Current position of the SSV Corwith Cramer. Click on the vessel to view position history. Use the tools, top right, to change the map style or view data layers.
SEA Currents: SSV Corwith Cramer
We all knew this moment was coming. As the sun set over the East River, those of us leaving tomorrow began packing our belongings and cleaning our bunks. I can hardly believe that we’ve concluded our voyage already; the Cramer became our home, and it’s hard to leave such a familiar place behind and to readjust to the rhythms of life on land.
We made it through New York Harbor! With last night’s sunset it dawned on us how close we were to land. Our lookout began report lights off the port and starboard bow and suddenly we realized we were sailing straight towards an expansive Long Island. Having heard the light pollution of the city is cause for some beautiful sunsets, all the ship’s company stood on the port side and watched as the lights faded through yellows, pinks, and reds, and finally the sun disappeared in the haze on the horizon.
I can’t explain how much this leg has opened my eyes to certain things. Leaving Bermuda was pretty interesting. Sailing on a much larger scale of ship is pretty amazing and unique. From previous tall ship experiences “Mama Cramer” takes the cake on how slow she is at her top speed of 7 knots, but she’s pretty sweet. Sailing into open water gave me that thrilling rush, teaching me what to expect in upcoming days.
We’ve whipped our way out of Bermuda, wearing a little extra paint off of our starboard side from the steady port tack. After sailing for the last four days set for maximum sail area, the trip towards the coast has been pushing a zesty seven or eight knots. After taking our stop ashore and watching the little island of Bermuda fade into the distance, it has strange to take in how familiar and consistent the ocean can sometimes be.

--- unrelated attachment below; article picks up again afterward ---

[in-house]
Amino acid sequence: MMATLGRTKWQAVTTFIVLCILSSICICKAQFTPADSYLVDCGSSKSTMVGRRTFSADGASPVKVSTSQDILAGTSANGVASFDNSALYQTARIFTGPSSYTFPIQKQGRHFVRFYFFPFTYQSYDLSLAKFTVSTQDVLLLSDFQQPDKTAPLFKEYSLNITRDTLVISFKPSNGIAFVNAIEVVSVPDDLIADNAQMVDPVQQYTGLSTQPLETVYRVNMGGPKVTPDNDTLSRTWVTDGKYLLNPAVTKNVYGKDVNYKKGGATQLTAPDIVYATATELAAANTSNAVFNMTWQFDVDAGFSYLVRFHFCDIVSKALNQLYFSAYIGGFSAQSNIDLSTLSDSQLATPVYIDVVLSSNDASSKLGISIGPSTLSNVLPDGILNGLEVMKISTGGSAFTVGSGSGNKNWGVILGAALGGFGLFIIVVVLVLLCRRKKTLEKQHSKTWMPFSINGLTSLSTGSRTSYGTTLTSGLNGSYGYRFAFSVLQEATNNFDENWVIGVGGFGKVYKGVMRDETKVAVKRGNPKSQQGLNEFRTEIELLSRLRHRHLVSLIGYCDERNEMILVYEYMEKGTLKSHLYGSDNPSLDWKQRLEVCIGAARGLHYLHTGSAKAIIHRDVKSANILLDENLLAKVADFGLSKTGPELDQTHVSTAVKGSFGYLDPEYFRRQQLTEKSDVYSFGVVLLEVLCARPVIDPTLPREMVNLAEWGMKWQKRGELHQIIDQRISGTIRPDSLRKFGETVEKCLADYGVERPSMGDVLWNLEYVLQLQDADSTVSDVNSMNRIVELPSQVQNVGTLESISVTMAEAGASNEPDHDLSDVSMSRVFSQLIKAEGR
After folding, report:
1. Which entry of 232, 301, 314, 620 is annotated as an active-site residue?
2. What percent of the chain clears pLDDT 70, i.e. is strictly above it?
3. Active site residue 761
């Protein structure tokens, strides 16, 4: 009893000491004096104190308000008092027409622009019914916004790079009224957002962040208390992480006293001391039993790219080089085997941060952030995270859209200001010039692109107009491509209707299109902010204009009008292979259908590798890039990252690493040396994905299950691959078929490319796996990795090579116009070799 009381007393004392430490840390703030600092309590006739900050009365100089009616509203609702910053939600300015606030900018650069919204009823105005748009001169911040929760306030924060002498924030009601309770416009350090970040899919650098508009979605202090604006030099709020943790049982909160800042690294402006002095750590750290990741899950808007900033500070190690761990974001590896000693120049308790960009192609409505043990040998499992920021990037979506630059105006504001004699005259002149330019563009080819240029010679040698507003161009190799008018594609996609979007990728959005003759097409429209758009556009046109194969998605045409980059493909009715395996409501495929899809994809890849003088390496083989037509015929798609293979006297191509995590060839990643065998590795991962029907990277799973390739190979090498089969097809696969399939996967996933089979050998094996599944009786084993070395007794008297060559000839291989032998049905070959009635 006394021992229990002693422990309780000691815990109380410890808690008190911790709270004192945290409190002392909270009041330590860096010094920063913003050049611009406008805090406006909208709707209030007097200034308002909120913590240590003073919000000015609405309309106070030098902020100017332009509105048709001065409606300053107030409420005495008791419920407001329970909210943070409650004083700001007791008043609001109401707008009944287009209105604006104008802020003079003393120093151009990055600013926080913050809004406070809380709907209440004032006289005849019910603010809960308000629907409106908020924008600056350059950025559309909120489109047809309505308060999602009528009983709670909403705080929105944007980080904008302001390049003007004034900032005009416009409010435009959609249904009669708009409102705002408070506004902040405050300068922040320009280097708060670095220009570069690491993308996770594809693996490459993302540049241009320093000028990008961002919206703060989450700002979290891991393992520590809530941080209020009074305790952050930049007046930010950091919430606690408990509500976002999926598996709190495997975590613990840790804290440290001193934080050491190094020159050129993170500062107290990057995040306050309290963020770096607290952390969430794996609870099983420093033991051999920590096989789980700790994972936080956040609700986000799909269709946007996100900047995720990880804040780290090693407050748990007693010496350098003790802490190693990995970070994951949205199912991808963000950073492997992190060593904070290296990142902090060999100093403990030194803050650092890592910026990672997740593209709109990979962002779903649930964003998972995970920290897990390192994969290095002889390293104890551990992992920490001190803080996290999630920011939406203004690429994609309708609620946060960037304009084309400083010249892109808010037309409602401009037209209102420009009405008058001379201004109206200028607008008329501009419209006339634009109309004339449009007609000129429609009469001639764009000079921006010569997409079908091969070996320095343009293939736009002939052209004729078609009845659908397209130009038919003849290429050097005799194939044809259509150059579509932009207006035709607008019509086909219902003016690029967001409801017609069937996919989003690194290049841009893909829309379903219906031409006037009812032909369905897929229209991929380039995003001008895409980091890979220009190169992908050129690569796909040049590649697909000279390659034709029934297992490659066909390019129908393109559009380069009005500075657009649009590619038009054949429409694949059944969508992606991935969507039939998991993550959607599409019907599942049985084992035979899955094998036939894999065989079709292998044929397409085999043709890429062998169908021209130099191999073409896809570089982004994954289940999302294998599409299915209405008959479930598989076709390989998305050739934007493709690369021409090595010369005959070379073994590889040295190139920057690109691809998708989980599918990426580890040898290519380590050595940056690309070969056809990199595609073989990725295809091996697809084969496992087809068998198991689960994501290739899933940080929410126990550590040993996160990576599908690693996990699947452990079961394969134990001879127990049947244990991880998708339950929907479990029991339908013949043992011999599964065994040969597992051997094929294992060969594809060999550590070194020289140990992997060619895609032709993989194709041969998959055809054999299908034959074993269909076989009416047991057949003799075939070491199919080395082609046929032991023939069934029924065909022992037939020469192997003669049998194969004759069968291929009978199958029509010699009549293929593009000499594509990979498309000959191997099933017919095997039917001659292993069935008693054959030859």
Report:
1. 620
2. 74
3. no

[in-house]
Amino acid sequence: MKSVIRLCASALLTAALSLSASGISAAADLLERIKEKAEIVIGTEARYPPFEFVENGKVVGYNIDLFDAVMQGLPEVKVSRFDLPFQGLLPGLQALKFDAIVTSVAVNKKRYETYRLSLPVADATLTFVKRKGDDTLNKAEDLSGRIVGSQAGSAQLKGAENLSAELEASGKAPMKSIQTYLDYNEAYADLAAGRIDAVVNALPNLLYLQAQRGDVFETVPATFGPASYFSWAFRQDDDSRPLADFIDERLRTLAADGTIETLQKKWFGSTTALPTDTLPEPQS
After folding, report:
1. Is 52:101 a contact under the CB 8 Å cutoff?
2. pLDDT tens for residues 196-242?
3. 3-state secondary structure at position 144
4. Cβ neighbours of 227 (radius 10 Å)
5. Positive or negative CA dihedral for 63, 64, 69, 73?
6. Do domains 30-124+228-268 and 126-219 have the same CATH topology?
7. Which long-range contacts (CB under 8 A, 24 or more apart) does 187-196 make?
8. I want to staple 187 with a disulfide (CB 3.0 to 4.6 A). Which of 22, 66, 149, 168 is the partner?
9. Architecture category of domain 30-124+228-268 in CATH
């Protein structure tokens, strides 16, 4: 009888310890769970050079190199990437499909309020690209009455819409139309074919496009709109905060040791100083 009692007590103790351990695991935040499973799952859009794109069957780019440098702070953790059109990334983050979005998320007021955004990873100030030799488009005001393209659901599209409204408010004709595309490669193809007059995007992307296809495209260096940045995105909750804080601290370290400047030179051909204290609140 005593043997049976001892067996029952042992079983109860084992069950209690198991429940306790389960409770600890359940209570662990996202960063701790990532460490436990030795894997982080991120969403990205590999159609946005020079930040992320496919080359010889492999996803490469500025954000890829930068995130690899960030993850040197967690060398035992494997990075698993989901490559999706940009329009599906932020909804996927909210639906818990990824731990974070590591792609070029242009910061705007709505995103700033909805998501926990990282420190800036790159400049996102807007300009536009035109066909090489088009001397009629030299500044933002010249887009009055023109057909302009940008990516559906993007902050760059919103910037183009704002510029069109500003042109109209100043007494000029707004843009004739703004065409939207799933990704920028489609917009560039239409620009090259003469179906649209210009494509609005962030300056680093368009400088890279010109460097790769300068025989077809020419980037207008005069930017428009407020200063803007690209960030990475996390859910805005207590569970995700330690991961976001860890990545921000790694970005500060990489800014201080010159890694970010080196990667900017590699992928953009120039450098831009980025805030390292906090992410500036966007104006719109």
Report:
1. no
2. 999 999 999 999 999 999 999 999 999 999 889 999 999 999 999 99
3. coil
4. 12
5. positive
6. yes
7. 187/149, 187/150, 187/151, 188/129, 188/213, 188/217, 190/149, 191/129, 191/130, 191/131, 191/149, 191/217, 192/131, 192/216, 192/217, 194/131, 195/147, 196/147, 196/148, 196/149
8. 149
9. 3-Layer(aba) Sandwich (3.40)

The wind has picked up and there are sizeable swells today - not the smooth, sunny conditions we’ve enjoyed since leaving Bermuda. It’s just after lunch and conditions may be classified as “sporty” as we approach the counter-current of the Gulf Stream - about Force 7 on the Beaufort Scale.
Three days out from Bermuda. I’ve found that the first three days out from port prove to be the most taxing, both mentally and physically, as we have to readjust to the watch schedule, motion of the ocean, and extreme self-containment of sea life. That said, tomorrow is looking up. After a long dawn watch and 3 total hours of sleep last night I’m more than ready to sleep from 0100 to 1100 tonight after evening watch.
We left Bermuda only two days ago but time is flying by now that we are back in the Sargasso Sea. We start our third and final phase today: Junior Officer. JWO (Junior Watch Officer) and JLO (Junior Lab Officer) mean that one student or sailing intern are in charge of the procedures during the watch and they basically act as the current mate. My first chance is tonight during dawn watch where I’ll be in charge of the lab during B watch’s first meter tow.
This morning C watch had the pleasure of being on watch for our departure from Bermuda. We were able to sail out of St. George’s (without motoring—a first for even our Captain), and I was lucky enough to be posted on bow watch as we coasted through the channel. From there I was able to look back and see everybody hustling to set sail, and able to wave to everyone who came out to see us depart! It was so satisfying to see the jib and stays’ls come back up, followed by the tops’l and the mains’l.
Today is the last full day that we spend in Bermuda and we spent a lot of it getting Mama Cramer clean and beautiful, so she can carry us to New York tomorrow. With time throughout the week to explore Bermuda, I was able to converse with many locals about their ideas on the current states of the ocean and what they think about current policies.
Yet another beautiful day in Bermuda! Today we got to go to the Aquarium and learn more about Bermuda’s unique marine ecosystem! They had a few radical exhibits, including one about the Sargasso Sea! Alex, Kendra, and I geeked out at the hydroid section of the poster because that is what our experiments are on- check out that Clytia species (surprisingly not noloformis) and that Aglaophenia latecarinata!